It was a phone call from his wife that warned Serhiy that missiles might be headed his way. The security guard had been up since the early morning, woken by the first wave of Russian drones fired towards Kyiv. He had even had time for his first cup of coffee. But nothing prepared him for the three blasts just before eight, the final one the loudest. “We were standing, chatting, all calm,” he recalls, “and then—boom—thrown in the air with everything shaking.”
Several hours after impact, the scene outside his hut remained apocalyptic. Chunks of rocket metal lay twisted on the ground. Bare window panes swung from their frames. A few doors down, smoke bellowed from a red-brick factory, the apparent target of the attack.
Russia’s overnight raids, the biggest in months, were not limited to the capital. Kharkiv, Dnipro, Odessa, Lviv, Zaporizhia and other cities were targeted by a total of at least 110 missiles. It was the most intensive attack Ukraine had seen in such a short space of time, says Yuriy Ihnat, a spokesman for air-force command. (By contrast, about 160 missiles were launched on the first day of the war.) Russia sought to overload Ukrainian air defences, says the spokesman. Although many missiles were shot down, some got through. “The enemy used practically every airborne weapon it has in its arsenal—drones, cruise missiles, and ballistics. We don’t have the resources to intercept everything,” says Mr Ihnat.
At least 26 people were reported killed in the strikes, and more than 100 injured. These numbers are likely to rise. In Kyiv, several people were said to be trapped under the rubble of a collapsed warehouse. In Dnipro, the largest city near the front lines, a maternity ward was damaged and a shopping centre partially destroyed. Russian missiles also hit residential blocks in Odessa and Lviv, to devastating effect.
But a source in Ukraine’s defence industry suggests Russia had predominantly targeted defence facilities. Some were connected to missile and drone production. “The attacks had strategic meaning for the enemy, with the aim of reducing our capacity to strike,” the source says. Both sides are locked in a competition to degrade the enemy. “It’s a battle to see who can destroy more of the enemy’s long-range weapons.”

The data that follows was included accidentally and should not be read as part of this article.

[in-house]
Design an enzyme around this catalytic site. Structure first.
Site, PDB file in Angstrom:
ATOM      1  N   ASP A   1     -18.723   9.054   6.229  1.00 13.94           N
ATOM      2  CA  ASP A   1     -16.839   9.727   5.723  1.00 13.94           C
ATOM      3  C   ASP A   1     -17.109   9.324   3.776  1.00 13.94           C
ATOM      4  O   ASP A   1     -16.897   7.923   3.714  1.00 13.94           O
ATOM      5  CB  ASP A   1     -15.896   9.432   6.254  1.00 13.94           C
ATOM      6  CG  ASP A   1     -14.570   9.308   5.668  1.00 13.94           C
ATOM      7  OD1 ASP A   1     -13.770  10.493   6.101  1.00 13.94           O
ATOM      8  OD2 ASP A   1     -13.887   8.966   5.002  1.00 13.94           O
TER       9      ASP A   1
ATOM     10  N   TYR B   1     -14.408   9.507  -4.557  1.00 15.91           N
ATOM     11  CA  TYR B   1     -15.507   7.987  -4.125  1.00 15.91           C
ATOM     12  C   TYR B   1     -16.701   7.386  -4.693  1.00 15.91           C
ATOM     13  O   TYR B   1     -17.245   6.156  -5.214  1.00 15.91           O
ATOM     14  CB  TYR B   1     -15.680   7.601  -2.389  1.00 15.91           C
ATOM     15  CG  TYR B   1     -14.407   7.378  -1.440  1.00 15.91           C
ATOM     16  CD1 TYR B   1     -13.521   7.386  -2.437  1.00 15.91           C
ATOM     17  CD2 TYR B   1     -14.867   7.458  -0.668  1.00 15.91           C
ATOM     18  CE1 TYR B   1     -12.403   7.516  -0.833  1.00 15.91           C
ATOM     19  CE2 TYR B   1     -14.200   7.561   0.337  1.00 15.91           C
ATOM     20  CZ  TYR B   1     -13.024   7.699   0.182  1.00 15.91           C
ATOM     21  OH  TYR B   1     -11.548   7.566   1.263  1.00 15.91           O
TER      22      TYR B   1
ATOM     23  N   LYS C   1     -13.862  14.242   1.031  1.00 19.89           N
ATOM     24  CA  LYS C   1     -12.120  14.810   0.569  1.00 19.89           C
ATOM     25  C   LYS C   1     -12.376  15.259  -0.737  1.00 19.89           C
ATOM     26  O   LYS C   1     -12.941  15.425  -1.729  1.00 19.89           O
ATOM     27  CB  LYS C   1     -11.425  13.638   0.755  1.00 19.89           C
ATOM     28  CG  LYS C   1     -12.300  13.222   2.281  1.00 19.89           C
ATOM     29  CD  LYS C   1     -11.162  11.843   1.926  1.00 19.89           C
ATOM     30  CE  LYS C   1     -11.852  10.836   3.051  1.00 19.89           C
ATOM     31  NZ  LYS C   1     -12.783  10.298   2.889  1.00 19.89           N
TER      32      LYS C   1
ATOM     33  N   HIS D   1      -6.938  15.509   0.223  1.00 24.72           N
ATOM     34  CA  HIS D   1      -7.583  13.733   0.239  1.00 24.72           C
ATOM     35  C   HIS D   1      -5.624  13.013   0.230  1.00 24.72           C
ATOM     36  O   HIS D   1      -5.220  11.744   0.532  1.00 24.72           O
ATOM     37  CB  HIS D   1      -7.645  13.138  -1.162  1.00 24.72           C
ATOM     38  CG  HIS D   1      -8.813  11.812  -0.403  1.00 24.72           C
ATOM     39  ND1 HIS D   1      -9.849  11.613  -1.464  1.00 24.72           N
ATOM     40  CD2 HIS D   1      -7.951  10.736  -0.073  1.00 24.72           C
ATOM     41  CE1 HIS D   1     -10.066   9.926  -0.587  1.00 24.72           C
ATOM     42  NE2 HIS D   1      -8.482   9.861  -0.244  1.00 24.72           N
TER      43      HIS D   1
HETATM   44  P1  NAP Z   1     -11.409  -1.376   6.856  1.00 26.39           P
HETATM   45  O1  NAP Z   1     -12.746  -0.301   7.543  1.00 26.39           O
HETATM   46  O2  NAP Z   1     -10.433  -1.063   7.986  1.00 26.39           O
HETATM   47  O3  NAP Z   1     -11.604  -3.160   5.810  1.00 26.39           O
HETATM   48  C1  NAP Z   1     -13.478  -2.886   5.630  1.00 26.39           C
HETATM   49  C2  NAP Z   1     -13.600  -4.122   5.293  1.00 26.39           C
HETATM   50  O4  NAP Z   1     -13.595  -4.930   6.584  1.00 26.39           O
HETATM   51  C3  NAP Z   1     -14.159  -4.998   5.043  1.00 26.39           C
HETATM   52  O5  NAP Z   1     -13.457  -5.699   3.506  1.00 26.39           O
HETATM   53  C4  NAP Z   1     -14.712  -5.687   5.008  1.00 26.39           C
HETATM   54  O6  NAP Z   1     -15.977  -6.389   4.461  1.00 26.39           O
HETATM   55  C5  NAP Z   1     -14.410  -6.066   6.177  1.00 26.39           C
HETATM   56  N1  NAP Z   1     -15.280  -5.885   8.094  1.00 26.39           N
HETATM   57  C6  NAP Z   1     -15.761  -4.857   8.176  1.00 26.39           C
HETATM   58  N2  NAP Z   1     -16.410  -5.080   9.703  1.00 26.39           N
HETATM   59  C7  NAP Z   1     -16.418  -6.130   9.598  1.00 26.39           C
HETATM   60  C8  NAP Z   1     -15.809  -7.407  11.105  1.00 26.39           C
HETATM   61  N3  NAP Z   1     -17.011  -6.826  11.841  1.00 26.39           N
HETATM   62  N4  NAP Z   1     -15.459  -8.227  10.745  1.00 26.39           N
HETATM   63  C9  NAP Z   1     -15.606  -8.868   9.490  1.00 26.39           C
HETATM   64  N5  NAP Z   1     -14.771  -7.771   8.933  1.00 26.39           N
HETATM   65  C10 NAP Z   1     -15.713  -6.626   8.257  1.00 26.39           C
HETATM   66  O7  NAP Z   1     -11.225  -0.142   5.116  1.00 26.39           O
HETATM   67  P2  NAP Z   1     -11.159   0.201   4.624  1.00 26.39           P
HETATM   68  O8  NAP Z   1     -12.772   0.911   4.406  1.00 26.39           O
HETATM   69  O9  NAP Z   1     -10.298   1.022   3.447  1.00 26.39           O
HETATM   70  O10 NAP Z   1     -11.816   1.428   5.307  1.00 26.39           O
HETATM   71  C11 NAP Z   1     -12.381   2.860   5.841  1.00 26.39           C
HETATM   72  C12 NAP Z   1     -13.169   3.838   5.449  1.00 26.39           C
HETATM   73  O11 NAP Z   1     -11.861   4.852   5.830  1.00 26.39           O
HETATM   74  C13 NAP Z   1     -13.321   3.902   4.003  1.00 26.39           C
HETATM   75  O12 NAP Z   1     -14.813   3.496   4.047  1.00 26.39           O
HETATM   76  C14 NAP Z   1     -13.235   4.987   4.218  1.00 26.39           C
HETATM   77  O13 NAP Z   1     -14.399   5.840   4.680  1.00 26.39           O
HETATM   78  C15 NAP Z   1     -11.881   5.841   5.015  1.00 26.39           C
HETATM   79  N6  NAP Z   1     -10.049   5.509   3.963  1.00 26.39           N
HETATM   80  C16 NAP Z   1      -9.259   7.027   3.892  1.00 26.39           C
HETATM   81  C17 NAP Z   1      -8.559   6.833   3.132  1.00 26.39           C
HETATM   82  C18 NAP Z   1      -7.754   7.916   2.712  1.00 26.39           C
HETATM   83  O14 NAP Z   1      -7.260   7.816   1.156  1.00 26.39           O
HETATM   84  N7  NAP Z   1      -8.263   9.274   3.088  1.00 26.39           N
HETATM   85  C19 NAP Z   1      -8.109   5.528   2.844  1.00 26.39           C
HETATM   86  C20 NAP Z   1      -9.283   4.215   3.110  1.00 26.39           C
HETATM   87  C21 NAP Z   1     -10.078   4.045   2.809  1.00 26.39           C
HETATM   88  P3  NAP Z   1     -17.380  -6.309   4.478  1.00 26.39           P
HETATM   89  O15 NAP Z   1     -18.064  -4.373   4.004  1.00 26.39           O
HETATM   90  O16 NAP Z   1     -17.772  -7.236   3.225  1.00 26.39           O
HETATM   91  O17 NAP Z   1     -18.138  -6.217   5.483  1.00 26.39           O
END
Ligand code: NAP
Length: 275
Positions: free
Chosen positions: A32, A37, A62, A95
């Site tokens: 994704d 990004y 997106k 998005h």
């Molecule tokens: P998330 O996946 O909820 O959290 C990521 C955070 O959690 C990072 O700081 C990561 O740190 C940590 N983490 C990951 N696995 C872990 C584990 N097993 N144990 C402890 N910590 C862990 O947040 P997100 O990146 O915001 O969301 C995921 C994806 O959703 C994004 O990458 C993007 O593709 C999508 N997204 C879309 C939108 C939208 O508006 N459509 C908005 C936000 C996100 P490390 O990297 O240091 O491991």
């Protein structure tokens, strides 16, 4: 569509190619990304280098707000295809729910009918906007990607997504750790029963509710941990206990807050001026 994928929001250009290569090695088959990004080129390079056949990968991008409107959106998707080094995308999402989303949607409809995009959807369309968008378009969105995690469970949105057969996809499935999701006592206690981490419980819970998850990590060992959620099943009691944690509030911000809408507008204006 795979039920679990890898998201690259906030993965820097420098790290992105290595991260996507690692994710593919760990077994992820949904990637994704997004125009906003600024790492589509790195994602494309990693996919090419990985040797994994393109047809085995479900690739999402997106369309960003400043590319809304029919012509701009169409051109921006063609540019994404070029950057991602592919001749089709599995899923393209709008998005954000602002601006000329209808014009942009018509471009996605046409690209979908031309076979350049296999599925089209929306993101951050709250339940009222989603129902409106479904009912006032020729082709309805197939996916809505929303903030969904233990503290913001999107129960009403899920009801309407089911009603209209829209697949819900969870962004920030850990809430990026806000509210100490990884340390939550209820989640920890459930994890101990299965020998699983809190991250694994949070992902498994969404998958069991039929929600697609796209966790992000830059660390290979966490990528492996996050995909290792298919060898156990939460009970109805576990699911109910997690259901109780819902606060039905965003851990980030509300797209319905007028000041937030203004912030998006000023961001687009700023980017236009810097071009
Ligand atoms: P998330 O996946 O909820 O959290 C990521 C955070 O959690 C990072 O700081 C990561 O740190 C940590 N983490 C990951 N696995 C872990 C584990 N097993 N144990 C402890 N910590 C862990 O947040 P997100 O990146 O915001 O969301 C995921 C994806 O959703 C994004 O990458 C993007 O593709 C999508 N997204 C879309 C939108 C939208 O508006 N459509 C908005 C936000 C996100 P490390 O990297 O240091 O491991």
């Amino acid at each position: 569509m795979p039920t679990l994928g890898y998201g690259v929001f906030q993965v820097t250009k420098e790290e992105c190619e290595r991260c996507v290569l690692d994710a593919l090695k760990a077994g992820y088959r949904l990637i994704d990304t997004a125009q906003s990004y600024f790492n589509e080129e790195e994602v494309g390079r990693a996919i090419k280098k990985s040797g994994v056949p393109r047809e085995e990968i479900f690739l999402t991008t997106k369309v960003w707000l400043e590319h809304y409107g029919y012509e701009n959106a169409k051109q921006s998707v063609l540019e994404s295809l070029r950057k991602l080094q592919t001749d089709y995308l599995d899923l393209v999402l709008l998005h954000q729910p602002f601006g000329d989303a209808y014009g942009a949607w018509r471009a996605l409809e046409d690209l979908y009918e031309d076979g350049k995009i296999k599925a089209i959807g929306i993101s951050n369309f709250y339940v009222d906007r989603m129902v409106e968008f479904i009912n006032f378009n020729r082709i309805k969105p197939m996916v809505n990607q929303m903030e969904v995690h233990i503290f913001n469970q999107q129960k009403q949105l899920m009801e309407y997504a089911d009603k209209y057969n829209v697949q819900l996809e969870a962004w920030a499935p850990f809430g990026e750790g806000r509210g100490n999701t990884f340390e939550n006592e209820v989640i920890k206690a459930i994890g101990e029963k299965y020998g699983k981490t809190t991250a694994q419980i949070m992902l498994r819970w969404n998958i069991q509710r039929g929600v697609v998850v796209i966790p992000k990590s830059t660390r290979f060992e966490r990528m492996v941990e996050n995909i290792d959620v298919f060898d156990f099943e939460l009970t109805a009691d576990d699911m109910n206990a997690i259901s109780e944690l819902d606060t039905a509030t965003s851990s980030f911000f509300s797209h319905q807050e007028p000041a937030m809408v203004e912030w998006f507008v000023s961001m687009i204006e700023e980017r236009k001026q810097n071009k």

The long-range aerial battle has taken on additional prominence given the relative stalemate on land. Russia is now making incremental gains along the front line following Ukraine’s underwhelming counter-offensive in the summer. On December 25th Sergei Shoigu, Russia’s defence minister, declared that his forces had taken full control of Mariinka, a suburb of Donetsk, in Ukraine’s east, albeit after nine years of fighting. Fierce battles continue in Avdiivka, 25km to the north-east.
But Ukraine is enjoying more success in the air. On December 22nd its air command reported that it had destroyed at least two Su-34 planes in the Kherson region. Another two were downed two days later. These bombers, which can launch highly destructive glide bombs, had been terrorising Ukrainian troops with impunity.
Then, on December 26th Ukrainian cruise missiles—reportedly British-supplied Storm Shadows—struck the Novocherkassk, a Russian landing ship moored in the Crimean port of Feodosia. Russian sources suggest 77 sailors were on board the stricken ship; 33 are unaccounted for. Retaliation may have been at least part of the motivation for Russia’s attacks on December 29th.
A source in Ukraine’s general staff says attacks on Crimea, a key Russian military hub, will increase over the winter. Russia, for its part, is likely to continue targeting facilities like the red-brick factory. Serhiy, who started work there only a month ago, insists he has no plans to change his place of employment. “Here or there, it makes no difference,” he says. “In Ukraine, we understand no one is protected. We live each day as it comes.”